The box-office success of Every Which Way But Loose (1978) all but ensured that audiences hadn’t seen the last of Clint Eastwood playing Philo, a trucker with an orangutan for a pet and a side career as a bare-knuckle fighter. Whereas Every Which Way But Loose is an awful movie that can be explained away by assuming that Eastwood wanted a break from playing tight-lipped avengers, Any Which Way You Can is inexcusable crap. Rehashing the narrative elements of the previous film and sprawling across an absurd 118-minute running time, Any Which Way You Can is punishingly stupid. The die is cast during the opening-credits scene, a dull montage of a pickup truck driving while Eastwood and Ray Charles croon a ghastly country song titled “Beer’s to You” on the soundtrack. Then comes the insipid storyline. After being dumped by country singer Lynn (Sondra Locke) in the previous film, Philo retires from fighting, but gangsters offer him $25,000 to tussle with Jack (William Smith), a brawler with a reputation for beating his opponents to death. Meanwhile, Philo has misadventures with his drinking buddy Orville (Geoffrey Lewis) and Orville’s foul-mouthed mother (Ruth Gordon). Everything unfolds predictably. Friends ask Philo not to fight, and then criminals blackmail him into participating. At regular intervals, the movie stops dead for musical performances (by Locke, Glen Campbell, and others), as well as scenes of Clyde defecating in police cars and sharing a hotel room with a frisky lady orangutan. At one point, Clyde cavorts to the accompaniment of a song called “Orangutan Hall of Fame.” By the time Any Which Way You Can reaches its nadir—cross-dressing bikers, a 20-minute fistfight, homophobic dialogue—the idiocy has become intolerable. Although Eastwood wasn’t done scratching his comedy itch (please give the 1989 clunker Pink Cadillac a wide berth), at least Any Which Way You Can ended the actor’s orangutan era.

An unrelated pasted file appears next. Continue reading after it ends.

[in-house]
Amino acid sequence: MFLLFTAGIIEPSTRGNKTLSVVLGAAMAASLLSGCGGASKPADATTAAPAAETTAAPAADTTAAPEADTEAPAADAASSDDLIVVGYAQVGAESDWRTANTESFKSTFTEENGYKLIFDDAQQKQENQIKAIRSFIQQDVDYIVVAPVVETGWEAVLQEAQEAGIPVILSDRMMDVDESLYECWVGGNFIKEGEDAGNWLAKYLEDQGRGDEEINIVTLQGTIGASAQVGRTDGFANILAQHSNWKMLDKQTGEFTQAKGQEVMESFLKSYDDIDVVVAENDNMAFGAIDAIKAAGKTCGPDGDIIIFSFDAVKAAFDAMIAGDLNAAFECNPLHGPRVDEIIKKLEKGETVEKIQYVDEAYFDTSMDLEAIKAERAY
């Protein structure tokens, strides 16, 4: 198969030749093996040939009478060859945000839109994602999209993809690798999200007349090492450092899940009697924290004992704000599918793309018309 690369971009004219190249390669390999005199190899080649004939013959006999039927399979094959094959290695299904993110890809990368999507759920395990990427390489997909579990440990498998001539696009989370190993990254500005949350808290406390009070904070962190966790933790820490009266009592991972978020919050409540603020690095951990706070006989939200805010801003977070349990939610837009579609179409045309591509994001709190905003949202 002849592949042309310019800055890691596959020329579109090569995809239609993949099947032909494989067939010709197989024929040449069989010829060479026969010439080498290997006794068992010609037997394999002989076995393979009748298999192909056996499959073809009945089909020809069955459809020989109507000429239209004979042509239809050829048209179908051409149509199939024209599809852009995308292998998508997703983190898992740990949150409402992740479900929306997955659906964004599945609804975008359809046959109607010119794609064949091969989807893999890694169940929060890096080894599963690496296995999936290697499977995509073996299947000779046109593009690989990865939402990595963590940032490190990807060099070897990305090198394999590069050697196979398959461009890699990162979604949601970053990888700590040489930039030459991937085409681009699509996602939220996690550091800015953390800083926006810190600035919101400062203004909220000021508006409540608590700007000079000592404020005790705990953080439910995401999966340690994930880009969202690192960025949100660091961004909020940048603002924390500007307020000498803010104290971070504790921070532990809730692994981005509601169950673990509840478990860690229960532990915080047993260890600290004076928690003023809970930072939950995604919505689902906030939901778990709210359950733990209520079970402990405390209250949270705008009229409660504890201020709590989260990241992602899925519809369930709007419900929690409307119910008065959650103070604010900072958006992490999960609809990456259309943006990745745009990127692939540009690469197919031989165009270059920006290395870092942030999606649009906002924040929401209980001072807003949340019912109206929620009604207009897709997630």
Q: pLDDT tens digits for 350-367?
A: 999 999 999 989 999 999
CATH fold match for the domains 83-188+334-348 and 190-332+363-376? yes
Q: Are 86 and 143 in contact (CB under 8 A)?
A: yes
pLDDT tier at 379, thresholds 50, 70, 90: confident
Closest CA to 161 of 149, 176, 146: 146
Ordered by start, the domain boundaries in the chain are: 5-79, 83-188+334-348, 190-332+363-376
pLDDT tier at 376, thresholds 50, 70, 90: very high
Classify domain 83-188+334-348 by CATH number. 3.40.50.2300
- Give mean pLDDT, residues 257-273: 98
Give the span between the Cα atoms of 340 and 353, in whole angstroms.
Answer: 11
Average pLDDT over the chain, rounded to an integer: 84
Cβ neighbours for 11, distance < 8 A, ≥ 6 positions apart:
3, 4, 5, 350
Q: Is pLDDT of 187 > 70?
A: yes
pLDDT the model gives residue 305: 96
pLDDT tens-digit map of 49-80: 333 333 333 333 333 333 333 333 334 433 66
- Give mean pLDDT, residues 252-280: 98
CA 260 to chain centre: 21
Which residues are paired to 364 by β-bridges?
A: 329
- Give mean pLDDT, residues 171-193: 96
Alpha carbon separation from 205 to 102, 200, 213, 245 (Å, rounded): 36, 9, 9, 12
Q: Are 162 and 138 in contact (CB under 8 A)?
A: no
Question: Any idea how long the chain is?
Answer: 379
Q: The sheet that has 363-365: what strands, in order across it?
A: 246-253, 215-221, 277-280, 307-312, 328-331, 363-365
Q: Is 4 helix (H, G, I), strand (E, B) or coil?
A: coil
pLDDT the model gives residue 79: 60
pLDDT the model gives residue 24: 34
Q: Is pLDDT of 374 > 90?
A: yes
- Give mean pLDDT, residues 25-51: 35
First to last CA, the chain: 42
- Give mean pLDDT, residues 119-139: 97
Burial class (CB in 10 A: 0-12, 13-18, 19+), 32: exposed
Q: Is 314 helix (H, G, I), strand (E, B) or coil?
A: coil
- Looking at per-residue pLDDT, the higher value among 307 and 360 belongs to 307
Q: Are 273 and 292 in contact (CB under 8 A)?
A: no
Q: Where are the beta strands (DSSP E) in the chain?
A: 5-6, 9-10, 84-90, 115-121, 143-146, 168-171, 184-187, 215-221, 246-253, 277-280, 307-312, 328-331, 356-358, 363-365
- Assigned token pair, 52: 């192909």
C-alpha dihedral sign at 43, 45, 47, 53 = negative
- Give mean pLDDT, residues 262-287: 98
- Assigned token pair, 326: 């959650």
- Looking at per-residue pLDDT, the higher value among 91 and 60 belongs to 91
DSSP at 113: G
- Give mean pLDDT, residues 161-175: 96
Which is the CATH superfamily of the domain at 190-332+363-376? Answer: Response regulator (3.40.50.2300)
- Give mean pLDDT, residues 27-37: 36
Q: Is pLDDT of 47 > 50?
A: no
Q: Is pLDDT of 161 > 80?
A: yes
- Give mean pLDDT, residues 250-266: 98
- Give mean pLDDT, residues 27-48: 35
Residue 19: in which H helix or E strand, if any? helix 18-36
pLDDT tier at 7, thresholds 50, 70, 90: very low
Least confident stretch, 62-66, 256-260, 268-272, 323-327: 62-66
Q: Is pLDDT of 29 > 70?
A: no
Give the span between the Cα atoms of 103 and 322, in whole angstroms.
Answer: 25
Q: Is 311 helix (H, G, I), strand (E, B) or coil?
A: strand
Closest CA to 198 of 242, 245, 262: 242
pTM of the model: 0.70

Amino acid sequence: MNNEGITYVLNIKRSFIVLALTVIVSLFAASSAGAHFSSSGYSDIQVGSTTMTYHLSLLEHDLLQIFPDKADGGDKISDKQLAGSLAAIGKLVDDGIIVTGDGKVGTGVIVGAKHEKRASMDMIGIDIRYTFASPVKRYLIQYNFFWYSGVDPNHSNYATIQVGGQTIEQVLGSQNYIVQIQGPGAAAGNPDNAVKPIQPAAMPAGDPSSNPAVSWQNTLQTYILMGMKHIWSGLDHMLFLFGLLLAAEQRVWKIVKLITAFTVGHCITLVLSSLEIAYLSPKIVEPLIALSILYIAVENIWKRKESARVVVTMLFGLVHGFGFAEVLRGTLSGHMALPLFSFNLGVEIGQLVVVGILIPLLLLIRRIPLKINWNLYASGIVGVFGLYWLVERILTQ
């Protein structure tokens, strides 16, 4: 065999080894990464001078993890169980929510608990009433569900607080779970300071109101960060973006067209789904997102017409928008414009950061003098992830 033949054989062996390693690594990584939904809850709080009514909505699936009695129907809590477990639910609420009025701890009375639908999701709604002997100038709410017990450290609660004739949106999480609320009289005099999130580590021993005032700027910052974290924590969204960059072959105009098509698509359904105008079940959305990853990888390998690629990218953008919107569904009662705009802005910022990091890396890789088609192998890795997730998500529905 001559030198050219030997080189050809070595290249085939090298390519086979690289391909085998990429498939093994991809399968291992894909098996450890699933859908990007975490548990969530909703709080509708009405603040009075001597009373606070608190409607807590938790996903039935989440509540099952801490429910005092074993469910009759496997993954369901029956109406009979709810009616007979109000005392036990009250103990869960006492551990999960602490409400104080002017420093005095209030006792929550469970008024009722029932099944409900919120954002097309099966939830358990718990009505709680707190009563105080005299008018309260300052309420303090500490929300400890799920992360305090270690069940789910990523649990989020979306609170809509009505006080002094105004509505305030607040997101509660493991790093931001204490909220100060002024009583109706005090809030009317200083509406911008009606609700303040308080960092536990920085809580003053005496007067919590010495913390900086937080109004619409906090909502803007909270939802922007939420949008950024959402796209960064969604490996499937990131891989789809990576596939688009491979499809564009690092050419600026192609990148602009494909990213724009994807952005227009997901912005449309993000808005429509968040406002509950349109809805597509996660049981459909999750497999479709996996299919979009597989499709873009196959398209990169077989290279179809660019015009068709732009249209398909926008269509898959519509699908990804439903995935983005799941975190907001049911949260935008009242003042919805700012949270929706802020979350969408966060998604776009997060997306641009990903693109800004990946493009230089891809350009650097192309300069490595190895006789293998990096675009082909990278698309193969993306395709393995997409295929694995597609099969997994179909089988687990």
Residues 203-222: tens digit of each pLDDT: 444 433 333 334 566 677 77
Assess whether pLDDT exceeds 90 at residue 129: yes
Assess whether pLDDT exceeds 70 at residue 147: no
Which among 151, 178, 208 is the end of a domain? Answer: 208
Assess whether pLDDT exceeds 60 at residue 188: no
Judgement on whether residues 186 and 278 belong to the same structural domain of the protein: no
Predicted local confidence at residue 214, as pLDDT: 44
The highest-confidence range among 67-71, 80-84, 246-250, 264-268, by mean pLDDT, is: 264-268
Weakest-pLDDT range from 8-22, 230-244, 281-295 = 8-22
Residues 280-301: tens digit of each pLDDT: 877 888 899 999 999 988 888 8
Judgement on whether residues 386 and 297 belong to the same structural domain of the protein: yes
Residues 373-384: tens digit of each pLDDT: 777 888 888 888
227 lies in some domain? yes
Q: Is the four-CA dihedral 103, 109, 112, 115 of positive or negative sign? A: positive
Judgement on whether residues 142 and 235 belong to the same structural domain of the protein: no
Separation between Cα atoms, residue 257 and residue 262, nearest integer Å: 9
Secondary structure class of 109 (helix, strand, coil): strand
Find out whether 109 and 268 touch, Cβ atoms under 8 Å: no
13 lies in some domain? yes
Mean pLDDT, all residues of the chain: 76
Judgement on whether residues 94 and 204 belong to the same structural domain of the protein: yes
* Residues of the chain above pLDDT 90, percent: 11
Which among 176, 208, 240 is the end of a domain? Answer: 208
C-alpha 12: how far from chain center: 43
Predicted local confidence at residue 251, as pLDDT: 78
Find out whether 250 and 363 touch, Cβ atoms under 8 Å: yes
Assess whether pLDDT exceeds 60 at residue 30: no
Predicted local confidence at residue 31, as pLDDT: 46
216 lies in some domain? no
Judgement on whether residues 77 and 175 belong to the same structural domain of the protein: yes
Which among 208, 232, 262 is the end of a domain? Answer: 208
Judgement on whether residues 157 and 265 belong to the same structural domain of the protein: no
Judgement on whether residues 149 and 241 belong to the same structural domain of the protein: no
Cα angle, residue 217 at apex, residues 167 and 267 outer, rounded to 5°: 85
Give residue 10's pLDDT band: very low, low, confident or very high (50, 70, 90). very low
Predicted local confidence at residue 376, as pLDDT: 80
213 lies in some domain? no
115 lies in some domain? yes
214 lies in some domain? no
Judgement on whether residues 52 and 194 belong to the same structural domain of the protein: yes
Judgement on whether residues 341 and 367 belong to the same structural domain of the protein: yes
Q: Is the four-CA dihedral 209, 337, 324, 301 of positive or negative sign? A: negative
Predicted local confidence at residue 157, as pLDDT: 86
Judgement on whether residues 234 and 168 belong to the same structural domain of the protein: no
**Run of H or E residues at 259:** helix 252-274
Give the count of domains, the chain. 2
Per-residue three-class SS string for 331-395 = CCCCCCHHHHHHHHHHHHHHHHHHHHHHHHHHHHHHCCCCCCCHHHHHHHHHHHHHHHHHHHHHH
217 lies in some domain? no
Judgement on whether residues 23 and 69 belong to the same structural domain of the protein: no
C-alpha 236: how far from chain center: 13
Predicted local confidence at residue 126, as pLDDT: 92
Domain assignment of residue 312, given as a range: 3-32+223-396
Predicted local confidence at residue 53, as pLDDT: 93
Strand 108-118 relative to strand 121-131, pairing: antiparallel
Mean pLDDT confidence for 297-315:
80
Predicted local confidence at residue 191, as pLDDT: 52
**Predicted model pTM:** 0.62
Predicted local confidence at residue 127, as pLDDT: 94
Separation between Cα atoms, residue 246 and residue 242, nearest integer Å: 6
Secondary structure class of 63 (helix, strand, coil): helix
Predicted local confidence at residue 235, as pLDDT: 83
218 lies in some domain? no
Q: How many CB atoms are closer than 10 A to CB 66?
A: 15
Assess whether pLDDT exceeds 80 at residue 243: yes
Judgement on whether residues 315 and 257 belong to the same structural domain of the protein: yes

Any Which Way You Can: LAME